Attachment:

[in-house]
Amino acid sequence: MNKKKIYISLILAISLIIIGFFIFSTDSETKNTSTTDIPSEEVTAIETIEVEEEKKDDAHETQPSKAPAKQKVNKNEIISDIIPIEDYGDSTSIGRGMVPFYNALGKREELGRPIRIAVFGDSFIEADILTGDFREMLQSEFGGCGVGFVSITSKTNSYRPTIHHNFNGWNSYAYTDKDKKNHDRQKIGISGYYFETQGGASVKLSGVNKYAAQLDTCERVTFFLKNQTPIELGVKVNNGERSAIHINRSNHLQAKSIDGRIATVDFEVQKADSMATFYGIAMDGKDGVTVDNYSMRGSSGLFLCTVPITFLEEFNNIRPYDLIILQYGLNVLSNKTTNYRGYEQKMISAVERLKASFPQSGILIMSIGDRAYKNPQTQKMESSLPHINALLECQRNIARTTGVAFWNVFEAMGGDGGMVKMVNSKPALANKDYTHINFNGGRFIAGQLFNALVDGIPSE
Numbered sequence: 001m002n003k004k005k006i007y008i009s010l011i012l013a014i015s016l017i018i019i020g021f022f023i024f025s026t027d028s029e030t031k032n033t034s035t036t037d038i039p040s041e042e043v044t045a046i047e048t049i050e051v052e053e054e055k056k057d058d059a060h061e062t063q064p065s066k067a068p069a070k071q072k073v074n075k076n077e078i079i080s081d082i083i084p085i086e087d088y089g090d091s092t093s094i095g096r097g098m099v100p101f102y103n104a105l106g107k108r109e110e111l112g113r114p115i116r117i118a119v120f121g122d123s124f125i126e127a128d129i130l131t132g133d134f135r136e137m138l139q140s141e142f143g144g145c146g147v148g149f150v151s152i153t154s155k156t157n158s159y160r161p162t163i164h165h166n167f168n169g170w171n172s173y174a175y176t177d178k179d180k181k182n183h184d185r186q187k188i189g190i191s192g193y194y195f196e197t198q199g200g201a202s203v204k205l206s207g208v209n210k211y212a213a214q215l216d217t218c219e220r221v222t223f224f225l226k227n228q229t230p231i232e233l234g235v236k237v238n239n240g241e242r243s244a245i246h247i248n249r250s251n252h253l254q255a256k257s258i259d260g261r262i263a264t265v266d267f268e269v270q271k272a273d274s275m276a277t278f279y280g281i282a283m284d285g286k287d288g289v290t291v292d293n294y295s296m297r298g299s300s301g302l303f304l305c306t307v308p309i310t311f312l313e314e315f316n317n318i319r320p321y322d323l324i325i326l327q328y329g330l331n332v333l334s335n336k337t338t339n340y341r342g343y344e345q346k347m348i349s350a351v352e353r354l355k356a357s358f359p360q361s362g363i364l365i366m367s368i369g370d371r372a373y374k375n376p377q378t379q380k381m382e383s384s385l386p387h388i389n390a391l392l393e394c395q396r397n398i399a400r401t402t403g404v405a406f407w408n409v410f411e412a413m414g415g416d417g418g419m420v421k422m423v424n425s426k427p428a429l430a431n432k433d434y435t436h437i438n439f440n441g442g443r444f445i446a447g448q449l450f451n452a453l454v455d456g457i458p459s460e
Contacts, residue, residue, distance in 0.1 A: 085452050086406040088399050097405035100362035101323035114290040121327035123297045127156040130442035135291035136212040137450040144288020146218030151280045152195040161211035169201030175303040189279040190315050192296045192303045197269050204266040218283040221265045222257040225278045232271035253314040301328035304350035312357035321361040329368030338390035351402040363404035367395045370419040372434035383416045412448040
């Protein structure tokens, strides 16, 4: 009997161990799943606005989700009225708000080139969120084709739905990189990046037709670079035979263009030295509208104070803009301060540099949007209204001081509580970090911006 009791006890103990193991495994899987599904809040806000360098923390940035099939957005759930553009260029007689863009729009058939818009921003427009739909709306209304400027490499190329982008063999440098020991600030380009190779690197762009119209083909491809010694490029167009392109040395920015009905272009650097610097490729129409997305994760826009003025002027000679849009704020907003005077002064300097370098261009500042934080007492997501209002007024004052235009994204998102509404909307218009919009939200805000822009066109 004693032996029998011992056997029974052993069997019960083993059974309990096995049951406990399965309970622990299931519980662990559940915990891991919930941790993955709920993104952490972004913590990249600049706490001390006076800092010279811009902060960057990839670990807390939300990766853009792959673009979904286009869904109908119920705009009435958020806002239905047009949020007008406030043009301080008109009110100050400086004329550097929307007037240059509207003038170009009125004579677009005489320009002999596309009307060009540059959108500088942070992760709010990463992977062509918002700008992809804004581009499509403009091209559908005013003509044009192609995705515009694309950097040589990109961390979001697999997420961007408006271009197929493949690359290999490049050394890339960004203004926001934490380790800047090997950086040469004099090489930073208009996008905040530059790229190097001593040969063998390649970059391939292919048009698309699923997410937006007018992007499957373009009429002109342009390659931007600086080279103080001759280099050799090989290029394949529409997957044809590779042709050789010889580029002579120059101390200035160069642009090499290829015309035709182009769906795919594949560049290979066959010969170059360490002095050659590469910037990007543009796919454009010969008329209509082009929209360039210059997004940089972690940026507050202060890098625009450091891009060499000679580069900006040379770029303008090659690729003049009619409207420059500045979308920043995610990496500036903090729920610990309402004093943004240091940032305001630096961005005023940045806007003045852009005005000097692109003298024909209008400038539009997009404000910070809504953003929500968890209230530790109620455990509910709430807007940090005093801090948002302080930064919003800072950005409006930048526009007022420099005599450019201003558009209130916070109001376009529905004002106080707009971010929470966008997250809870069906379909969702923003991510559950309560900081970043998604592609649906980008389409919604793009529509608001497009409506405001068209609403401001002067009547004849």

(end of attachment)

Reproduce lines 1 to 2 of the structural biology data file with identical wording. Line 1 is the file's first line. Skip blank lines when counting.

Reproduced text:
[in-house]
Amino acid sequence: MNKKKIYISLILAISLIIIGFFIFSTDSETKNTSTTDIPSEEVTAIETIEVEEEKKDDAHETQPSKAPAKQKVNKNEIISDIIPIEDYGDSTSIGRGMVPFYNALGKREELGRPIRIAVFGDSFIEADILTGDFREMLQSEFGGCGVGFVSITSKTNSYRPTIHHNFNGWNSYAYTDKDKKNHDRQKIGISGYYFETQGGASVKLSGVNKYAAQLDTCERVTFFLKNQTPIELGVKVNNGERSAIHINRSNHLQAKSIDGRIATVDFEVQKADSMATFYGIAMDGKDGVTVDNYSMRGSSGLFLCTVPITFLEEFNNIRPYDLIILQYGLNVLSNKTTNYRGYEQKMISAVERLKASFPQSGILIMSIGDRAYKNPQTQKMESSLPHINALLECQRNIARTTGVAFWNVFEAMGGDGGMVKMVNSKPALANKDYTHINFNGGRFIAGQLFNALVDGIPSE